And we know the Irish were in Iceland before the Vikings (see below). That's the hardest part of the trip, the longest open-sea passage, already done.

3. The imramha say the Irish found a large land mass in the distant west.


St. Brendan the Navigator

The imram is an ancient Irish literary genre, a sea adventure story; like the voyages of Sinbad, of Robinson Crusoe, or the Odyssey. The most famous surviving examples (using imram in its wider sense) are the Voyage of Bran and the Voyage of Saint Brendan. If nothing else, even if they are nothing but fable, the existence of the imramha (plural form) demonstrate that the Irish of pre-Viking days were oriented toward the sea, and sailors, and as sailors sought adventure. Such stories emerge only out of thoroughly seagoing cultures.

But the imramha also, as a standard element, tell of voyages into the far west, and of lands discovered there. Odd if only a coincidence--as opposed to demonstrating some general knowledge of a land off to the west across the sea.

The Voyage of Bran, for example, believed to be recorded in the 8th century, tells of Bran and his shipmates discovering a “Land of Women” across the Atlantic Ocean, a place with fine food in abundance where the lovely local women immediately pair off with the Irish sailors. The tars return to tell the tale, but then immediately head back (wouldn't you?) and are not heard from again.

The Voyage of Mael Duin, another imram from the same period, tells a similar tale of this “Land of Women” off in the distant west.

This sounds like every sailor's dream in his hammock alone at sea. But then, it also sounds like what an ordinary sailor is most likely to remember about a real new port of call: the fresh food after weeks of dried rations, and the beauty of the women—any women, after weeks of forced solitude. Not that native Canadian women are not beautiful: they are.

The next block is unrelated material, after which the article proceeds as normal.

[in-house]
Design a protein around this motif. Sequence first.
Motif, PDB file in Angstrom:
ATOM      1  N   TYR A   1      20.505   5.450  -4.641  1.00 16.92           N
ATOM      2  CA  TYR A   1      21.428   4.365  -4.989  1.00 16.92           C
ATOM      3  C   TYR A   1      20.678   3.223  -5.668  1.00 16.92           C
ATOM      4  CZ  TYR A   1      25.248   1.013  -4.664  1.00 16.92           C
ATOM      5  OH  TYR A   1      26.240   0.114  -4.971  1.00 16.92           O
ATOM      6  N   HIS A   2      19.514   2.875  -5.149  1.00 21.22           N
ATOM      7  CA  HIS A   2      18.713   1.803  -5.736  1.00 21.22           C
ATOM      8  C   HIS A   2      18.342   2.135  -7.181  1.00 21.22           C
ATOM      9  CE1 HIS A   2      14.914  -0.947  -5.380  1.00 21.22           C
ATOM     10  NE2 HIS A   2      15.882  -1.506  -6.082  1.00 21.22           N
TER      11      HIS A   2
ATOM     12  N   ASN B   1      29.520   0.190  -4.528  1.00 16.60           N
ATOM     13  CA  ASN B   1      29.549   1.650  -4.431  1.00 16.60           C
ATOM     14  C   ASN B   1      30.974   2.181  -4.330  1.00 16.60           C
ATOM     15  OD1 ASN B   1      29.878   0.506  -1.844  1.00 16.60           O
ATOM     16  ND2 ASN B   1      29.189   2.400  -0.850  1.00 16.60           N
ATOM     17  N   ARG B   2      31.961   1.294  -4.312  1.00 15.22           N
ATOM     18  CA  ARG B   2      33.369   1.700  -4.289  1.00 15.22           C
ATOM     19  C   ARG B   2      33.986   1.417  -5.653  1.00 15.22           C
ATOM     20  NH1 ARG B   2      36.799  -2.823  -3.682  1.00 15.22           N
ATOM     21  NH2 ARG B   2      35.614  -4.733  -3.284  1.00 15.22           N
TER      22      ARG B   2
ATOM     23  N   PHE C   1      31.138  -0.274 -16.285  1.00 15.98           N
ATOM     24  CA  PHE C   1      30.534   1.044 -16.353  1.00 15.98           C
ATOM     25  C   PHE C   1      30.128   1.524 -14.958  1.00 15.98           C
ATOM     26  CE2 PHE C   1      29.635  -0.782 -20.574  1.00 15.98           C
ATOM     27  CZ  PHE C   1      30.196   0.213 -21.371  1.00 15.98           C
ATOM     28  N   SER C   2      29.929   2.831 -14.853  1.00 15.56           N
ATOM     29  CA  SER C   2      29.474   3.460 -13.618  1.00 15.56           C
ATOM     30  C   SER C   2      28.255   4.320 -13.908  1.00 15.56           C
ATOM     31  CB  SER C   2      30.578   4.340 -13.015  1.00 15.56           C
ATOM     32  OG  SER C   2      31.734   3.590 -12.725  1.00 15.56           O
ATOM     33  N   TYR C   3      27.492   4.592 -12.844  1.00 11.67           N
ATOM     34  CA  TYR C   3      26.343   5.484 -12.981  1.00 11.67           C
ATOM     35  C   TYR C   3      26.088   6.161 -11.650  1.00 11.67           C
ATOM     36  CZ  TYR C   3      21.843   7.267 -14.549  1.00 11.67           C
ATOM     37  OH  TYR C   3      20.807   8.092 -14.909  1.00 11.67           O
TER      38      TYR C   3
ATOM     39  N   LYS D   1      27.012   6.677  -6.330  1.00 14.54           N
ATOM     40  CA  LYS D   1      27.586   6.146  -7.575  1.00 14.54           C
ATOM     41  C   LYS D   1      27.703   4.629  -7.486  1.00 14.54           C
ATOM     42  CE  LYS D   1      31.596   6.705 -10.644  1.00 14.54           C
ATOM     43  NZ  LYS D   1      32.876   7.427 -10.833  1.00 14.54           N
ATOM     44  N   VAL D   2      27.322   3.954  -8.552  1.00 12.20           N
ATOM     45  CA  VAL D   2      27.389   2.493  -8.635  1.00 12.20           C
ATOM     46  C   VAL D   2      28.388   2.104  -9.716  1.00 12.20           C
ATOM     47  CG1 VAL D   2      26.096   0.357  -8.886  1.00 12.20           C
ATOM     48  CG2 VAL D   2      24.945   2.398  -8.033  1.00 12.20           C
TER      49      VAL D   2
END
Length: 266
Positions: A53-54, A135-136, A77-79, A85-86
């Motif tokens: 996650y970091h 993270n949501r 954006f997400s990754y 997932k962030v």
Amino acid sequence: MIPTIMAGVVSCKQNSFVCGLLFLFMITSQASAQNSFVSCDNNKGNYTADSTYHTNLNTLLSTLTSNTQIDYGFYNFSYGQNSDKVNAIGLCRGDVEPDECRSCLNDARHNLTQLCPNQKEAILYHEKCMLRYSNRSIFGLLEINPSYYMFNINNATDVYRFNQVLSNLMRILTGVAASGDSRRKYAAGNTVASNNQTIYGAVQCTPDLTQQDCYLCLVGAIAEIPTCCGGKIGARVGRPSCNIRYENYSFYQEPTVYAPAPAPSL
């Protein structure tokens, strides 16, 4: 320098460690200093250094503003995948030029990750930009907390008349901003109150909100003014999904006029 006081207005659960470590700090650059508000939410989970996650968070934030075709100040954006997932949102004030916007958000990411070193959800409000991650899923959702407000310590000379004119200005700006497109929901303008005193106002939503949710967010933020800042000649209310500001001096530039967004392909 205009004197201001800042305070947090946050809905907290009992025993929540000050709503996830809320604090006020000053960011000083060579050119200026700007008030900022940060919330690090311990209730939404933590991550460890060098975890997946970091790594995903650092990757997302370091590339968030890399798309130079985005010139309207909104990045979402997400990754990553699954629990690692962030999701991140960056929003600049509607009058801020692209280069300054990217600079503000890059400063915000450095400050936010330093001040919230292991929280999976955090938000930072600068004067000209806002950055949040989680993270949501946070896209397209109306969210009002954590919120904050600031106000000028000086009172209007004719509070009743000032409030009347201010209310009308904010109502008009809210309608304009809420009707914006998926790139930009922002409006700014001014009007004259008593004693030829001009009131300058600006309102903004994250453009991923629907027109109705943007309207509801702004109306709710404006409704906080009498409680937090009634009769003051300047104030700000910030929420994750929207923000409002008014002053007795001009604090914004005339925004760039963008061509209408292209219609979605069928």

The Voyage of Saint Brendan is yet more interesting. The voyages of Bran and Mael Duin might be dismissed as possibly pure fiction. But Brendan was a real, historical person of whom we have independent knowledge. His story makes at least this claim to be real history.

Our oldest copies of the Brendan story date to the early 9th century, but recount events that, if they really happened, can be dated between 512 and 530 AD. That's a thousand years before Columbus, and five hundred years before the Vikings.

This is the tale they tell.

With a crew of companions, the holy monk Brendan sets out from the Dingle Peninsula on the coast of Kerry sailing north and west. After seven years at sea, island to island, sailing mostly in circles driven by the wind, they arrive at a large land mass, so large they cannot find its bounds. They identify it as “The Promised Land of the Saints.”

It is a land “thickly set with trees, laden with fruits.” “All the time they were traversing that land, during their stay in it, no night was there, but a light always shone.” At a great river, they meet a “resplendent youth,” who knows all of their names, and explains that they must return home. As they depart, they gather some of the fruits of the land, along with “various kinds of precious stones.” (Voyage of St. Brendan, Denis O'Donoghue translation, 1893). They return home uneventfully.

This sounds like a vision of an earthly paradise: eternal sunlight, angels, precious jewels lying on the ground. This is not surprising, because the Irish always thought of paradise as lying somewhere in the far west, across the sea.

But there is one significant detail that cannot be so dismissed. In exploring the land, “One day, … they came to a large river flowing towards the middle of the land, which they could by no means cross over.” The river is also mentioned by the angel as the most prominent feature of the place: “The great river you see here divides this land into two parts.” Portrayals of Brendan's destination on later maps usually show it split in two by this river.